Summer School Should Matter More

July 23, 2007

The research is mounting: it is simply insane to ignore the summer as we try to improve academic and life outcomes for low income kids. Low income kids lose even more ground in the summer than they do during the school year. Which is absolutely, positively not an argument for abandoning efforts to improve what happens in schools from September to June. But giving up on the summer is an invitation to disaster, because during the summer low income kids get next to nothing, while wealthier kids get lots of chances to grow, travel, explore new worlds, read, etc. (If you have any doubt how important the summer is, check out what people with means do to support their children’s growth over the summer.)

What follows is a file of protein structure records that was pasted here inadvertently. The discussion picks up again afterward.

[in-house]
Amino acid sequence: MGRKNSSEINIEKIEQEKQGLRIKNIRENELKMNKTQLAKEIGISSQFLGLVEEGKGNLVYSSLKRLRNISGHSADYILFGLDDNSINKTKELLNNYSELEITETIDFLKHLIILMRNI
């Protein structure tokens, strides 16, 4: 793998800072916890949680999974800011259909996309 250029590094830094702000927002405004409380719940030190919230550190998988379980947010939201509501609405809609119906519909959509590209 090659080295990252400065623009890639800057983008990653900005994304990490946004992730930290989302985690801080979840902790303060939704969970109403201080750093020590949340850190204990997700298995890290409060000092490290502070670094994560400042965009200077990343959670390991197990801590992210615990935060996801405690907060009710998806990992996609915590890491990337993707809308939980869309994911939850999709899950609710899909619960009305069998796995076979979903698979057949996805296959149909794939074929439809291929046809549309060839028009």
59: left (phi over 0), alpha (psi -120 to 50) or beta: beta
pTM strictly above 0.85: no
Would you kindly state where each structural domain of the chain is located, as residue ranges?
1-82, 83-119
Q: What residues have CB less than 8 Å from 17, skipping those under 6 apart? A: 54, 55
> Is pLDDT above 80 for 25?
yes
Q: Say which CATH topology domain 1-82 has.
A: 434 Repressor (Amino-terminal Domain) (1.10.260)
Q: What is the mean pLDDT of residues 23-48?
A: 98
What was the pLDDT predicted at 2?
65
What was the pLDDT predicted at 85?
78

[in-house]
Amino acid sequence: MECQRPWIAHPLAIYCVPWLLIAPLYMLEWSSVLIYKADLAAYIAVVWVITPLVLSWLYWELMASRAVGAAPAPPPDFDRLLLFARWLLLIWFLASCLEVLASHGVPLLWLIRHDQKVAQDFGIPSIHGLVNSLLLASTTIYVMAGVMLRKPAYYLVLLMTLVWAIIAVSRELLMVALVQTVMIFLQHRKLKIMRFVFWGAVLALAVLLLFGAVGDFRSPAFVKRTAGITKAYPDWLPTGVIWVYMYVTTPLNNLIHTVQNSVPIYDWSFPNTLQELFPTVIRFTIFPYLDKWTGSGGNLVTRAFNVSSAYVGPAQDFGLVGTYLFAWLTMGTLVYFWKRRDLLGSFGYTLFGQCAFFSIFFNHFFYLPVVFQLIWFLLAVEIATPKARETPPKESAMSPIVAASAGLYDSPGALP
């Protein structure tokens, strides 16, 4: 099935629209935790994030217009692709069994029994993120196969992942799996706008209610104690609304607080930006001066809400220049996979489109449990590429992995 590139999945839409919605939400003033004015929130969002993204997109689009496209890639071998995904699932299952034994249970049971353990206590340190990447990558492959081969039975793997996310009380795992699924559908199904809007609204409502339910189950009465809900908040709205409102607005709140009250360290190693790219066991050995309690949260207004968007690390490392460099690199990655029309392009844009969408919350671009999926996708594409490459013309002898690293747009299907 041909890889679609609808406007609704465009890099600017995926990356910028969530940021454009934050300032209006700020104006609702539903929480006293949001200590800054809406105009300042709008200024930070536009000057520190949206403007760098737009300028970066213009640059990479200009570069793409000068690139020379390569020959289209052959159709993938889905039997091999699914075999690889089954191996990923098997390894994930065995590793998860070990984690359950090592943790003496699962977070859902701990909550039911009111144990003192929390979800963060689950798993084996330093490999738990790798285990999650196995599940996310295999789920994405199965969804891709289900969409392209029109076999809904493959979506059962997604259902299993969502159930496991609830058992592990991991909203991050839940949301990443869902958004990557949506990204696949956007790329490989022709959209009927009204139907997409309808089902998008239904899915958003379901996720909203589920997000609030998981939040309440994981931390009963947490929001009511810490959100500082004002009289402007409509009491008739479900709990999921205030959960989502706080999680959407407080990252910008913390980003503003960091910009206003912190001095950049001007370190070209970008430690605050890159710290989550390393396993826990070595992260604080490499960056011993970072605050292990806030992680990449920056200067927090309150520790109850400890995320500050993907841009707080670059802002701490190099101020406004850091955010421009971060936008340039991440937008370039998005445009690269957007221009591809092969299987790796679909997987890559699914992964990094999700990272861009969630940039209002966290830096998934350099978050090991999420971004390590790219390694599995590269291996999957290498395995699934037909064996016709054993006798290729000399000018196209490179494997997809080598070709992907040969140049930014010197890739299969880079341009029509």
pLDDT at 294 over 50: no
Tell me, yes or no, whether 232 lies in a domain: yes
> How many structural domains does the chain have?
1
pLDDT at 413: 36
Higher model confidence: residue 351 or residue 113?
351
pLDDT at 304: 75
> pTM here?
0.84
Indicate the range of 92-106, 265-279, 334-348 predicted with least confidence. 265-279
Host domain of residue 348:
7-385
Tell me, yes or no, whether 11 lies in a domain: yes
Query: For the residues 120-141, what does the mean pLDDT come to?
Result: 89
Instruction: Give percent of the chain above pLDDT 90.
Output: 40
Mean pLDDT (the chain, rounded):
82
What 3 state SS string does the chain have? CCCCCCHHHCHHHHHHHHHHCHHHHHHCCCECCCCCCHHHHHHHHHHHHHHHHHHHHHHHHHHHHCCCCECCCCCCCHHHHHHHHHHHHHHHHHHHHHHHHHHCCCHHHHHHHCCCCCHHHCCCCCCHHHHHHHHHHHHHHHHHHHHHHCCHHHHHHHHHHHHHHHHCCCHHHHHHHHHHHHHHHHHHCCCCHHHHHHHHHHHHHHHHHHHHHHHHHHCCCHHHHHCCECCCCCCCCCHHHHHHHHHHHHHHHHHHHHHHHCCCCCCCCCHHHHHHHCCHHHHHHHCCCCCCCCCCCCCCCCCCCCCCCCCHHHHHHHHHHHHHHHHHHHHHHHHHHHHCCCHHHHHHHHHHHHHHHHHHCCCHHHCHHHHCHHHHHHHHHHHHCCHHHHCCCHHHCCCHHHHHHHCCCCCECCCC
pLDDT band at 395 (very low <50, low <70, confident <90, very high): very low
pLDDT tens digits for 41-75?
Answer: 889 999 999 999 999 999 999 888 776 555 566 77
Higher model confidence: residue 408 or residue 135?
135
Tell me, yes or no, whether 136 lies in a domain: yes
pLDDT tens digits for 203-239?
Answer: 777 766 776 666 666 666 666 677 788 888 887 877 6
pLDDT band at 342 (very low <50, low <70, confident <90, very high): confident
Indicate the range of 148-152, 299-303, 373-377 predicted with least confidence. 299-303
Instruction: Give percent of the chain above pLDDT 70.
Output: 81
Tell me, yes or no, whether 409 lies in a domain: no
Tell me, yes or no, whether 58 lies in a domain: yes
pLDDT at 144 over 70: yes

This issue provides a great chance for charter school and district school operators to come together and tell cities to adequately fund the summer, so that kids can get what they need and deserve. Right now many jurisdictions provide no summer school, others provide lousy options. And charter operators are often stuck with no summer supplements, or ones that are so small that you can’t run a good program with them. But as Beth Miller’s report for the Nellie Mae Foundation makes clear, there is mounting evidence about the effectiveness of high-quality hybrid summer programs that combine academics with sports, arts and other creative activities. So let’s demand more of these programs.

Update: Washington Post has a story on how school districts are expanding school options for kids, with good results.


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